Grupo Aeroportuario Del Pacifico (PAC-NYSE, $141.82) Reports a Record Q3 Result for the Period Ended 09/30/22.

(Results converted from MX Pesos to USD using rate of 20.1246 MX Pesos to USD on 09/30/22.)

Pacific Airport Group, the largest operator, by passenger volumes, of airports in Mexico, posted a fiscal result for the third quarter of 2022 above analyst consensus.

Revenue for Q3 came in at $335.51 million USD vs a street expectation of $320.98 million. Earnings per ADR were reported at $2.61 US vs average street estimates of $2.25 US per share and a high estimate of $2.33 US per share. EBITDA of $202.98 million US for the quarter was a 60.5% margin vs a 59.3% EBITDA margin year over year.

Reported traffic to Tijuana, Puerto Vallarta and Guadalajara, Mexico was very strong and nicely accretive traffic flows were reported at the Kingson and Montego Bay airports in Jamaica.

PAC took on the operatorship of the Kingston, Jamaica airport several years back. Initially, the concession was viewed as a way to curry favor with the Jamaican government, rather than as a potentially profitable venture in itself: an absurdly high crime rate in Kingston results in government officials and NGO staff routinely opting to use Montego Bay over Kingston. As a result, the Kingston facility was in horrid shape. However, a steady effort by PAC to renovate and upgrade the premise is resulting in an above average traffic flow. In Q3, traffic at Montego Bay and Kingston were up 83% and 99% year over year, respectively. Kingston, once estimated to be a break-even proposal at best, now offers the potential to prove a decent money maker over time.

Los Cabos, MX traffic growth was soft.

Total traffic through the Los Cabos airport was up by 32.6% in the first nine months of 2022 but was only up by 14.9% in the last fiscal quarter. My view is that the NASDAQ heavy, tech and knowledge-based sets of employees, primarily employed in California coastal cities, are a little less capable of paying up for air travel. More are also probably being requested to come into work, rather than telecommuting from their Los Cabos villas. It is most certainly an inconvenience, having to punch a clock, but on the whole, an almost 15% increase in travel, to what many Californians consider to be their second home, is still positive, considering the year-to-date pain that has been wrought upon their stock option packages.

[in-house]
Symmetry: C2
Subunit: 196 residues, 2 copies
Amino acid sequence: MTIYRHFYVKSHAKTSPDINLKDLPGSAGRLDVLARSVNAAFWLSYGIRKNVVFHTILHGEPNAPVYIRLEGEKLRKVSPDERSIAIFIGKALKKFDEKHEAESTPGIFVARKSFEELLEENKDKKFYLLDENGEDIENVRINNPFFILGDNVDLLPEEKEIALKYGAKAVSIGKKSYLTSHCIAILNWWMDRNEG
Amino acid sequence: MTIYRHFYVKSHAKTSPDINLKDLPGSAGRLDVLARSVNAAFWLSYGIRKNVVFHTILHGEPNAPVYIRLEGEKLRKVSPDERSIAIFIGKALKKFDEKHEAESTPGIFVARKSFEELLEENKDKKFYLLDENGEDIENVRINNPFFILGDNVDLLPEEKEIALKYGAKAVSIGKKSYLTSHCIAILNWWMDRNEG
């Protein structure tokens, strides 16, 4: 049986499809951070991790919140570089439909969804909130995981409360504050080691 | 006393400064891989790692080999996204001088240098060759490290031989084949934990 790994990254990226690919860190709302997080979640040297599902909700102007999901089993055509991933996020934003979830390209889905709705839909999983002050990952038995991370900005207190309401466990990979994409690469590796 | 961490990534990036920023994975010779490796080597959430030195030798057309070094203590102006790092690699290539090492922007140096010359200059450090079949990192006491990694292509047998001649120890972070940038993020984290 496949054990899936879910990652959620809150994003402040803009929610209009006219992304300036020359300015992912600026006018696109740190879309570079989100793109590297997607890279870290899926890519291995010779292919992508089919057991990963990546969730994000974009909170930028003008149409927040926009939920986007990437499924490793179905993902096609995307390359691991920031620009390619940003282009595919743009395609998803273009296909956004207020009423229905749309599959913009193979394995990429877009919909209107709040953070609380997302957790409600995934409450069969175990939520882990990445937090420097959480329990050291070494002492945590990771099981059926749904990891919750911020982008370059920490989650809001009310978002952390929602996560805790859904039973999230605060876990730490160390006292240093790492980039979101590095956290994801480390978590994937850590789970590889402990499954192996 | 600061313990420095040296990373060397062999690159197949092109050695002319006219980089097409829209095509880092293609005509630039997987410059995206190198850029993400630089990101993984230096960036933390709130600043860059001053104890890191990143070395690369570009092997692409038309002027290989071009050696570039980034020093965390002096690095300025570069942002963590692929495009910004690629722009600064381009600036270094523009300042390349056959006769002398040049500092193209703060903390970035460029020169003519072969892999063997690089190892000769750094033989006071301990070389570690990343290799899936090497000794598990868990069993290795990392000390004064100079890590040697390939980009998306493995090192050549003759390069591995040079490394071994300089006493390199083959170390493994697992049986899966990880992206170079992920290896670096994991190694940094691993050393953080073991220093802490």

Even a modest increase in international travel to Los Cabos, after factoring in the net worth reductions on those in the tech and knowledge sectors, supports my view that travel expenditures are really a category unto itself and should not necessarily be lumped into other forms of discretionary spending.

The easy year over year comps will soon come to an end.

In the quarters to come, traffic growth will normalize as airport operators stop comparing the 2022 results to pre-pandemic numbers posted in 2019. This might be considered a bit of a double-edged sword by some; I am unperturbed about evaluating any business using 2022 figures as a base for 2023 estimations. In order to get on with things, we must put pandemic figures where they belong, in the past.

The Mexican Peso has been a standout currency globally in reference to the US dollar.

Most international businesses, when converting their earnings to US dollars, are presently being savaged by their local currency weakness against the USD. Mexican companies are bucking this trend.


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